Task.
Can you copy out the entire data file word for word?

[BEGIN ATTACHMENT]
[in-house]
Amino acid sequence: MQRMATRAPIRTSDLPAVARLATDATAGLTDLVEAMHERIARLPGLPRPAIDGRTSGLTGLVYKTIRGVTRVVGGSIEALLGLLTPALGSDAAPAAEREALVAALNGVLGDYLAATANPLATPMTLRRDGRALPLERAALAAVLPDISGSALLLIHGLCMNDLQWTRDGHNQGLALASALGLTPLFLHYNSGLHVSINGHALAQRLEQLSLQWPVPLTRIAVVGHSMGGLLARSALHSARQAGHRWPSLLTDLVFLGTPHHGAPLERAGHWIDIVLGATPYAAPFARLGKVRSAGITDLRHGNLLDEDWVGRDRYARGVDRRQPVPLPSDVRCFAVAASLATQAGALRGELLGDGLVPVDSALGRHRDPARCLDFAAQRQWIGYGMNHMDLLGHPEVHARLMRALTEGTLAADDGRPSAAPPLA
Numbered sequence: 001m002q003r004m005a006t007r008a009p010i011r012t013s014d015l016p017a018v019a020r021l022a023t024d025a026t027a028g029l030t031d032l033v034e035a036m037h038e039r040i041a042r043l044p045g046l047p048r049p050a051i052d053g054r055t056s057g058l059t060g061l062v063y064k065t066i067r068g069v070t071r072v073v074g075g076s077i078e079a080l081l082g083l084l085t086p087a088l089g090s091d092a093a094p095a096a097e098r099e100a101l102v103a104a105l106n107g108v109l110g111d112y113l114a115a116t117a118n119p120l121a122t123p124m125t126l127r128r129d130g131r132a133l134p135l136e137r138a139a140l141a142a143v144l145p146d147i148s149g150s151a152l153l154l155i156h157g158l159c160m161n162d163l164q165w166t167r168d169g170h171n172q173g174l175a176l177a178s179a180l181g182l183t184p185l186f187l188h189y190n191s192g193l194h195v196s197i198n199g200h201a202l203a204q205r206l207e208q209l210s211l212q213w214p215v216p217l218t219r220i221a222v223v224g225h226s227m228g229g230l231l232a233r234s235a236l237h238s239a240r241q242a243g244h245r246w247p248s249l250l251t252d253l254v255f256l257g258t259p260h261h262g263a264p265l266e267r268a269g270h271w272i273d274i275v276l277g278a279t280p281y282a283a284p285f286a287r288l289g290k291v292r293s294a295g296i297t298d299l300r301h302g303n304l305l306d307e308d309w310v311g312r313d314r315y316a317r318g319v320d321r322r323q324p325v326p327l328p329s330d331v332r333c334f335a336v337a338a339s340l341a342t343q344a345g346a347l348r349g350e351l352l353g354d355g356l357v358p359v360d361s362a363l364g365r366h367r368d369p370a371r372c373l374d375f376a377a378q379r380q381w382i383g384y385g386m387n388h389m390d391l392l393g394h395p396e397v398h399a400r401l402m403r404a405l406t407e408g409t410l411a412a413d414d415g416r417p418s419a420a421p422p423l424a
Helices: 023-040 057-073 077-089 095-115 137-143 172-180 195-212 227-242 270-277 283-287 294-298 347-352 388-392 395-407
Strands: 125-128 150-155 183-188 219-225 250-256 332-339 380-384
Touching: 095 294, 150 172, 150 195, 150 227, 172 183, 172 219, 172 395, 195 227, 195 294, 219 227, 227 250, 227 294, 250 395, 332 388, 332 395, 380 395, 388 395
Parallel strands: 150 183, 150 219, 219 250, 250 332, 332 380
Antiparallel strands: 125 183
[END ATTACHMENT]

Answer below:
[in-house]
Amino acid sequence: MQRMATRAPIRTSDLPAVARLATDATAGLTDLVEAMHERIARLPGLPRPAIDGRTSGLTGLVYKTIRGVTRVVGGSIEALLGLLTPALGSDAAPAAEREALVAALNGVLGDYLAATANPLATPMTLRRDGRALPLERAALAAVLPDISGSALLLIHGLCMNDLQWTRDGHNQGLALASALGLTPLFLHYNSGLHVSINGHALAQRLEQLSLQWPVPLTRIAVVGHSMGGLLARSALHSARQAGHRWPSLLTDLVFLGTPHHGAPLERAGHWIDIVLGATPYAAPFARLGKVRSAGITDLRHGNLLDEDWVGRDRYARGVDRRQPVPLPSDVRCFAVAASLATQAGALRGELLGDGLVPVDSALGRHRDPARCLDFAAQRQWIGYGMNHMDLLGHPEVHARLMRALTEGTLAADDGRPSAAPPLA
Numbered sequence: 001m002q003r004m005a006t007r008a009p010i011r012t013s014d015l016p017a018v019a020r021l022a023t024d025a026t027a028g029l030t031d032l033v034e035a036m037h038e039r040i041a042r043l044p045g046l047p048r049p050a051i052d053g054r055t056s057g058l059t060g061l062v063y064k065t066i067r068g069v070t071r072v073v074g075g076s077i078e079a080l081l082g083l084l085t086p087a088l089g090s091d092a093a094p095a096a097e098r099e100a101l102v103a104a105l106n107g108v109l110g111d112y113l114a115a116t117a118n119p120l121a122t123p124m125t126l127r128r129d130g131r132a133l134p135l136e137r138a139a140l141a142a143v144l145p146d147i148s149g150s151a152l153l154l155i156h157g158l159c160m161n162d163l164q165w166t167r168d169g170h171n172q173g174l175a176l177a178s179a180l181g182l183t184p185l186f187l188h189y190n191s192g193l194h195v196s197i198n199g200h201a202l203a204q205r206l207e208q209l210s211l212q213w214p215v216p217l218t219r220i221a222v223v224g225h226s227m228g229g230l231l232a233r234s235a236l237h238s239a240r241q242a243g244h245r246w247p248s249l250l251t252d253l254v255f256l257g258t259p260h261h262g263a264p265l266e267r268a269g270h271w272i273d274i275v276l277g278a279t280p281y282a283a284p285f286a287r288l289g290k291v292r293s294a295g296i297t298d299l300r301h302g303n304l305l306d307e308d309w310v311g312r313d314r315y316a317r318g319v320d321r322r323q324p325v326p327l328p329s330d331v332r333c334f335a336v337a338a339s340l341a342t343q344a345g346a347l348r349g350e351l352l353g354d355g356l357v358p359v360d361s362a363l364g365r366h367r368d369p370a371r372c373l374d375f376a377a378q379r380q381w382i383g384y385g386m387n388h389m390d391l392l393g394h395p396e397v398h399a400r401l402m403r404a405l406t407e408g409t410l411a412a413d414d415g416r417p418s419a420a421p422p423l424a
Helices: 023-040 057-073 077-089 095-115 137-143 172-180 195-212 227-242 270-277 283-287 294-298 347-352 388-392 395-407
Strands: 125-128 150-155 183-188 219-225 250-256 332-339 380-384
Touching: 095 294, 150 172, 150 195, 150 227, 172 183, 172 219, 172 395, 195 227, 195 294, 219 227, 227 250, 227 294, 250 395, 332 388, 332 395, 380 395, 388 395
Parallel strands: 150 183, 150 219, 219 250, 250 332, 332 380
Antiparallel strands: 125 183